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32 workforce partnerships from around the country are investing in quality jobs to achieve equitable economic advancement for their communities.

Good Jobs Challenge Community of Practice

October 6, 2023

At a Glance

JFF is leading a national community of practice for 32 coalitions working to expand access to quality jobs in the U.S. Economic Development Administration’s $500 million Good Jobs Challenge.

Tameshia Bridges Mansfield Vice President, Workforce & Regional Economies
Jen Horton Senior Director, Workforce & Regional Economies
Practices & Centers


The importance of job quality became clear amid the economic upheaval brought on by the COVID-19 pandemic and during the ensuing Great Resignation, but signs of an overall decline in job quality had emerged much earlier. Low-quality jobs cause chronic feelings of economic insecurity for the people who hold them, imposing constraints on employers, industries, and the economy as a whole. For example, low-quality jobs are often associated with high turnover rates, which are costly to employers. And because these jobs tend to pay low wages, the purchasing power of a large segment of the population is limited, curbing demand for goods and services and thereby limiting the potential for economic growth. 


Funded by the federal American Rescue Plan, the Good Jobs Challenge has awarded a total of $500 million in grants to 32 regional workforce partnerships that are using the funds to develop industry-led training programs with the goal of placing 50,000 U.S. workers into quality jobs.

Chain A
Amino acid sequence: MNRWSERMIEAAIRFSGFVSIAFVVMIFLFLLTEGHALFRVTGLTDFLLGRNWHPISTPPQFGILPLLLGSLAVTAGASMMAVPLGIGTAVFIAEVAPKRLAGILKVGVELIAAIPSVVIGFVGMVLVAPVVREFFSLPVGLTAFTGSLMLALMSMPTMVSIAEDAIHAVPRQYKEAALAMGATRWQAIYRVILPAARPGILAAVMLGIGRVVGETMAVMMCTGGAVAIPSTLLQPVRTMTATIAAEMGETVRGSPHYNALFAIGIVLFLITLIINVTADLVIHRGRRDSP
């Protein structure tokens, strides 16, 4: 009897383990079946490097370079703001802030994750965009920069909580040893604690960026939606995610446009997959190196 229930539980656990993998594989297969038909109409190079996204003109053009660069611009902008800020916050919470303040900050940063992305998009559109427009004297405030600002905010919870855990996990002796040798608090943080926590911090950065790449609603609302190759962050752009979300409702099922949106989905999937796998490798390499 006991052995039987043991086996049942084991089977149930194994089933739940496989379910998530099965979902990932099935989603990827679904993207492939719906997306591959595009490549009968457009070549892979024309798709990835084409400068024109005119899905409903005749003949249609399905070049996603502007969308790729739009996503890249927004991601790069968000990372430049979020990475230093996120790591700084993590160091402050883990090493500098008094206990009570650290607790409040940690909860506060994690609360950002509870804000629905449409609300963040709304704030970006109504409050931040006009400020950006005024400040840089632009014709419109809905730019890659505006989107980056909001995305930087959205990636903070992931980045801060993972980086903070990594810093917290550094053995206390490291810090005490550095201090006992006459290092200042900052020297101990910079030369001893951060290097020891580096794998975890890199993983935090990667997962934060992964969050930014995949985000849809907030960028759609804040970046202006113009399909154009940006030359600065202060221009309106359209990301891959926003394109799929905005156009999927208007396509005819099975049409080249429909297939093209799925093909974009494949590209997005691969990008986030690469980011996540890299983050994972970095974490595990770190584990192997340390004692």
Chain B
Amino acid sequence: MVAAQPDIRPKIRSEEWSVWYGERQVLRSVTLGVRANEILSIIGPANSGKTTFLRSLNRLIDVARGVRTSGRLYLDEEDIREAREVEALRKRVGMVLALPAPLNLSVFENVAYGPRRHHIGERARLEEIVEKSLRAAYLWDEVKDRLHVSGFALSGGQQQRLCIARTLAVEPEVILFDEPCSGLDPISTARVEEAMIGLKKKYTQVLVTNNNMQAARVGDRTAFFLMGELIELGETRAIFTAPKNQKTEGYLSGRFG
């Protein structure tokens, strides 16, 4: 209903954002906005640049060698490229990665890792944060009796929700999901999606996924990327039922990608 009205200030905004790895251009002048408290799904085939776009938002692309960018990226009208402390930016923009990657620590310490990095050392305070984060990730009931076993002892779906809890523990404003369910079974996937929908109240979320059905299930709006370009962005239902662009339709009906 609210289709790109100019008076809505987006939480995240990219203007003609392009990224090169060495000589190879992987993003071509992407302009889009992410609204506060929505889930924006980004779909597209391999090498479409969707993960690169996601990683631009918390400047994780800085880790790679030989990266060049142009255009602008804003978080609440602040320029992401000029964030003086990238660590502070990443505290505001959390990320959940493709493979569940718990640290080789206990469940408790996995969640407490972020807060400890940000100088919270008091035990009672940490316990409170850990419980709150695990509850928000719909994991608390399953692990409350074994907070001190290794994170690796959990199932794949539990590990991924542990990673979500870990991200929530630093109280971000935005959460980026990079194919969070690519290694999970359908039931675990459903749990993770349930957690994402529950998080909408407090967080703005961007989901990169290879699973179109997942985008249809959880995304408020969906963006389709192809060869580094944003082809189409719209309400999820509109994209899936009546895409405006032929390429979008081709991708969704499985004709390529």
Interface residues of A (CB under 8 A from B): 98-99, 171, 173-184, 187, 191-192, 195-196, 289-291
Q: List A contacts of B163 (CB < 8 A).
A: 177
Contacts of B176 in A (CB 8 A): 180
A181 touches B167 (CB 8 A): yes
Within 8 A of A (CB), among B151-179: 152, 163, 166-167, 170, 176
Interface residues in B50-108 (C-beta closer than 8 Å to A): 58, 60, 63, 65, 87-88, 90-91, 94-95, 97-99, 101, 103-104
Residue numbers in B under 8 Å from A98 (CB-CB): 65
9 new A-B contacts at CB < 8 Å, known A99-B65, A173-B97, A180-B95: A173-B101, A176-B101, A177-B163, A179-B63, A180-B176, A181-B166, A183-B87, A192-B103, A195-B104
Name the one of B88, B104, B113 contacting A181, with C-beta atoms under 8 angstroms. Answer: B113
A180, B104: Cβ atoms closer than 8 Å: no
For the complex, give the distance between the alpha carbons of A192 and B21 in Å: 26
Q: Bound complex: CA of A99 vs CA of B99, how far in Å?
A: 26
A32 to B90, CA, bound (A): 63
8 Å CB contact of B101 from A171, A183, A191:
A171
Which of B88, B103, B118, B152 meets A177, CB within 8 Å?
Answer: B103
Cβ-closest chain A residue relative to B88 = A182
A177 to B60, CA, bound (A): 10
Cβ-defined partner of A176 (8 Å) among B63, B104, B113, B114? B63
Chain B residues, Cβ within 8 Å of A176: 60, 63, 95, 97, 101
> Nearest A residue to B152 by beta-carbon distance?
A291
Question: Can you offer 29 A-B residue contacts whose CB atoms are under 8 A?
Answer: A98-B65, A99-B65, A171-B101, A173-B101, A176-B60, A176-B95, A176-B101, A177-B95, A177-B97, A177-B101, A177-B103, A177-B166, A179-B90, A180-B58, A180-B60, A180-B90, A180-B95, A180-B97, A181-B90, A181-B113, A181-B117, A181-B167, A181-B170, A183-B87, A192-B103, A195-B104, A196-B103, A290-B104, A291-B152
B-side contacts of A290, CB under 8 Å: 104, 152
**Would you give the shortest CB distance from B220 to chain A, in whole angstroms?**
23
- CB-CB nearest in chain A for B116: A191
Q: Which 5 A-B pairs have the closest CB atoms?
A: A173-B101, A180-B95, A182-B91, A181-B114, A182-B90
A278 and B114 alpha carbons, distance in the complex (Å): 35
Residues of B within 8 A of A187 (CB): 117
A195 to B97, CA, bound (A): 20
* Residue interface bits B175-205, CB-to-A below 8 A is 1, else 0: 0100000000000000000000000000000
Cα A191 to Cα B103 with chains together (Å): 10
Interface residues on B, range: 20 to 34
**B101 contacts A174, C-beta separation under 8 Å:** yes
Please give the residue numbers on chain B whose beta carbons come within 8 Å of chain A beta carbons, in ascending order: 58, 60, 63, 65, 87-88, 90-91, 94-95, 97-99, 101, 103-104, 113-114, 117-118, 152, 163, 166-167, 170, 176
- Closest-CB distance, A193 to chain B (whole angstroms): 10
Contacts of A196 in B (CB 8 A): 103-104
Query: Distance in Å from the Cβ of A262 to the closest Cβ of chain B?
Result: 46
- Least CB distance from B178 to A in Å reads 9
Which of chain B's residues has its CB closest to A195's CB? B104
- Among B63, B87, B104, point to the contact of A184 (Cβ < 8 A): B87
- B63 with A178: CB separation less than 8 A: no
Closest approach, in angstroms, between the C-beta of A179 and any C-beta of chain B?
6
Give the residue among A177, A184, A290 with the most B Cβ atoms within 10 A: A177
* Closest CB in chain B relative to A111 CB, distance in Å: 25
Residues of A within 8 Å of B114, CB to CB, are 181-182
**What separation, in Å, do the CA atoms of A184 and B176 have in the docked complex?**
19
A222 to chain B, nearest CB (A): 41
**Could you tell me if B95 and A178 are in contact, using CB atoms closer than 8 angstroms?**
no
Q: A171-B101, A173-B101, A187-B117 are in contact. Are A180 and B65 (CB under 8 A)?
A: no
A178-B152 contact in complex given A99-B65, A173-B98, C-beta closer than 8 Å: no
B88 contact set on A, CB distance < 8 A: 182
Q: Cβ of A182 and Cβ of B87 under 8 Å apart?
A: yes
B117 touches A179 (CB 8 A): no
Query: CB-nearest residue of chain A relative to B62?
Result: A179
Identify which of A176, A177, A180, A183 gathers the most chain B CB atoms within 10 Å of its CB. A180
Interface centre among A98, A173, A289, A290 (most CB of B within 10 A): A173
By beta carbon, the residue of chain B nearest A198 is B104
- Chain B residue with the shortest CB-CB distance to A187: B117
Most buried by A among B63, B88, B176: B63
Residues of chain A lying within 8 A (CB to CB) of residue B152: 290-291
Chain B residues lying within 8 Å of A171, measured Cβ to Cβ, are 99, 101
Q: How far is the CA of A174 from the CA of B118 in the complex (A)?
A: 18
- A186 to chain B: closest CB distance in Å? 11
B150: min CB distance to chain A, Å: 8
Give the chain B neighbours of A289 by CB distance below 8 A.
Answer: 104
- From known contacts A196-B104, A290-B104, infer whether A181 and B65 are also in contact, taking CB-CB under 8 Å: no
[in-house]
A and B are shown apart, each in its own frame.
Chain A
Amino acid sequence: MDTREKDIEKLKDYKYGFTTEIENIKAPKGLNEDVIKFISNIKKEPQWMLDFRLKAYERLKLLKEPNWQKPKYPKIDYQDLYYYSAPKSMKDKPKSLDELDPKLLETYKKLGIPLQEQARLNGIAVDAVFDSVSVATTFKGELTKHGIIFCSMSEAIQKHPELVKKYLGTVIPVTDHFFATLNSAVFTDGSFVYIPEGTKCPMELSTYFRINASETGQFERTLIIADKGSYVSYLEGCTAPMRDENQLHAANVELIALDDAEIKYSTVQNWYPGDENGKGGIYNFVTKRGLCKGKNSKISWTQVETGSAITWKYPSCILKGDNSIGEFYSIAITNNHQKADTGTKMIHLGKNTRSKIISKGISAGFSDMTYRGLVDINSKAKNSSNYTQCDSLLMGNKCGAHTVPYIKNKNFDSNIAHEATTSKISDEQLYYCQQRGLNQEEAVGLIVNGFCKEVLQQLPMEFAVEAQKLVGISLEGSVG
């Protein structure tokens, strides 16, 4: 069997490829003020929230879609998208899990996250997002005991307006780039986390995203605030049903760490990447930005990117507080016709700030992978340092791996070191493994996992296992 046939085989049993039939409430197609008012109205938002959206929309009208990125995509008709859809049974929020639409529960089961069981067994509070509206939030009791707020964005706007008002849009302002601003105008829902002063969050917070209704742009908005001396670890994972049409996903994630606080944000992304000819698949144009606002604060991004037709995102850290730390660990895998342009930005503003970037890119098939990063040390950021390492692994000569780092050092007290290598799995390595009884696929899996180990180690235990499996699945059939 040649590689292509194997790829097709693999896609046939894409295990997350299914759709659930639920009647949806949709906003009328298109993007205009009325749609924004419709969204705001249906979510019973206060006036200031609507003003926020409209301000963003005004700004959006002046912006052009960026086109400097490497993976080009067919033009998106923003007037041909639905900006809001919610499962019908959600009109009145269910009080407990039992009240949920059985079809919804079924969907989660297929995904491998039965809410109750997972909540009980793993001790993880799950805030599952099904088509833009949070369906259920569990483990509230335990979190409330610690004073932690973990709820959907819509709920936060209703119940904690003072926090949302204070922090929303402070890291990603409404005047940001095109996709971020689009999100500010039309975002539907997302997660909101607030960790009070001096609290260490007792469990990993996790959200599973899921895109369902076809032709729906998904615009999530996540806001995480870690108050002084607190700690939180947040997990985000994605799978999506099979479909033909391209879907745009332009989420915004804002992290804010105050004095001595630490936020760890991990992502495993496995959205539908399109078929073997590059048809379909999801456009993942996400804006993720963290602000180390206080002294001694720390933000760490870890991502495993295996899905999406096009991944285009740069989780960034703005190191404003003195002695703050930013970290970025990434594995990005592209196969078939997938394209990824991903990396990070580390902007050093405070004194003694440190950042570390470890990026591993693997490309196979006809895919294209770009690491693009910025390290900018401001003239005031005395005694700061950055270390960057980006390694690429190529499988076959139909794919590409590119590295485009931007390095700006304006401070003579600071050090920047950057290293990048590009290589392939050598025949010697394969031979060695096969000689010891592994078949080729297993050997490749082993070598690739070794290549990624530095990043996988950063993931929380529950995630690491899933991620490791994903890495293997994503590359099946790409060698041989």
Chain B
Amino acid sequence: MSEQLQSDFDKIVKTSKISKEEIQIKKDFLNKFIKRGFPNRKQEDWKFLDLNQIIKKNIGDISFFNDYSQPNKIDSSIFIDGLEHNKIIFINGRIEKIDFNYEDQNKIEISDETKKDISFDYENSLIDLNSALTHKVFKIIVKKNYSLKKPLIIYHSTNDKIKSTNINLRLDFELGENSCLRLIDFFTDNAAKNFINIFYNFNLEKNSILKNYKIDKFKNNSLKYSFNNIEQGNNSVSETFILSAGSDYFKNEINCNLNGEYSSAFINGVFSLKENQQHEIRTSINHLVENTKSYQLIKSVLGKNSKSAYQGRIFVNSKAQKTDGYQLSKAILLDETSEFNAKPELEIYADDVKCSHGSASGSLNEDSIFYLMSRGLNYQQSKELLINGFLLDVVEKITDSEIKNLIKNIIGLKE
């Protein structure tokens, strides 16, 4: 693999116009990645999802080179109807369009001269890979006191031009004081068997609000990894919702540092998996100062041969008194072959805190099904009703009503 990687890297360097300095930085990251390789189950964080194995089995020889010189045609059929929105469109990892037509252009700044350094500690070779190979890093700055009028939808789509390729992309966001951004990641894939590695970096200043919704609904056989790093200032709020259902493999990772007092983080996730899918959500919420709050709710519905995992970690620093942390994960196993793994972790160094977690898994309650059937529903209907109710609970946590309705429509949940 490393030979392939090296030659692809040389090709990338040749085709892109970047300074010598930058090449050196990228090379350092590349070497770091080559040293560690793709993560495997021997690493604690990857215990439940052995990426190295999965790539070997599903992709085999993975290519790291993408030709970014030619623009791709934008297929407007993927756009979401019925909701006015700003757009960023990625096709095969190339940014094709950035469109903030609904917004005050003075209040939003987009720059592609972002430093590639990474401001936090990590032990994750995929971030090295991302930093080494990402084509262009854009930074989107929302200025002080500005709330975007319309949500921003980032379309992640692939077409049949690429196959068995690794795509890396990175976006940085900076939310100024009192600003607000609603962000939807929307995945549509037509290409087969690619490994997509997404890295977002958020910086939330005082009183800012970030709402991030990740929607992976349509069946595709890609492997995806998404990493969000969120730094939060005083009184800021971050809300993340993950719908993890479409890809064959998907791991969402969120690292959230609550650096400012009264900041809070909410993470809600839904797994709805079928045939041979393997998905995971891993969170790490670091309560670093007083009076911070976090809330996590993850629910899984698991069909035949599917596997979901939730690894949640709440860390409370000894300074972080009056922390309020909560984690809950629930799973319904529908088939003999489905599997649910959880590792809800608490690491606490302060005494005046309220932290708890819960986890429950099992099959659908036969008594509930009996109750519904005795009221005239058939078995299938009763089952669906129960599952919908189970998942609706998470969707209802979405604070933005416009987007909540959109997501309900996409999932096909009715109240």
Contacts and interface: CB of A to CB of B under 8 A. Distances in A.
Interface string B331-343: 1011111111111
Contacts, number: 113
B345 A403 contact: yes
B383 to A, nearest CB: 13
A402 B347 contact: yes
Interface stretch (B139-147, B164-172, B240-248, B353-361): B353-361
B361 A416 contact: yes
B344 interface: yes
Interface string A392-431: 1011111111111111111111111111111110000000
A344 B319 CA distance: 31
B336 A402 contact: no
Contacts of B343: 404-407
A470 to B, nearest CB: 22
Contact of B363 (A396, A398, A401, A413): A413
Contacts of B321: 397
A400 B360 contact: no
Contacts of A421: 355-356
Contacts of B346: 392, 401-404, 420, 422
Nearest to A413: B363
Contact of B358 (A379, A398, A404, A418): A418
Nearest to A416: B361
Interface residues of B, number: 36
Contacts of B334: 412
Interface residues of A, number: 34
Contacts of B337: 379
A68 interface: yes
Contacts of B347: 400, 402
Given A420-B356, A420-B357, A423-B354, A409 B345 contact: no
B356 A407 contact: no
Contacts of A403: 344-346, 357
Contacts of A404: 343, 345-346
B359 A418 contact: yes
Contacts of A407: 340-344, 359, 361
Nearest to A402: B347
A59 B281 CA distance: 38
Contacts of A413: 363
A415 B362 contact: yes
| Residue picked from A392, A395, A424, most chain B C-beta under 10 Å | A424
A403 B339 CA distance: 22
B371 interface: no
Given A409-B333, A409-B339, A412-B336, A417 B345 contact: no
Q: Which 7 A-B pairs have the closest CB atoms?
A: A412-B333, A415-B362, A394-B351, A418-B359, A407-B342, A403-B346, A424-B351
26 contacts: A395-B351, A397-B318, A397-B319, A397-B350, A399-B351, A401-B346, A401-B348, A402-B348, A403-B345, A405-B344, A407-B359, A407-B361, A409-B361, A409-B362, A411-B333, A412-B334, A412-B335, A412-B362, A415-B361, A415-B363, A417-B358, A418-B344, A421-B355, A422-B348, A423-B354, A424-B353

JFF is proud to partner with the U.S. Economic Development Administration in the program as leader of the challenge’s national Community of Practice. We support the regional workforce partnership grantees in building professional networks, engaging in peer learning, and sharing best practices through technical assistance to ensure their projects support equitable economic advancement.  

Beyond this work, JFF developed the Quality Jobs Framework, which lays out an approach to creating jobs that all workers deserve—not just a living wage and good benefits but also stability, flexibility, autonomy, and career advancement opportunities. 


We have provided individual coaching to each grantee, hosted a variety of in-person and virtual events to foster collaboration, and made connections to external subject matter experts to ensure that they have the resources they need to succeed. The Good Jobs Challenge will continue until 2026. 


This webpage was prepared by Jobs for the Future (JFF) using Federal funds under award ED22HDQ3070094 from the Economic Development Administration, U.S. Department of Commerce. The statements, findings, conclusions, and recommendations are those of the author(s) and do not necessarily reflect the views of the Economic Development Administration or the U.S. Department of Commerce. 

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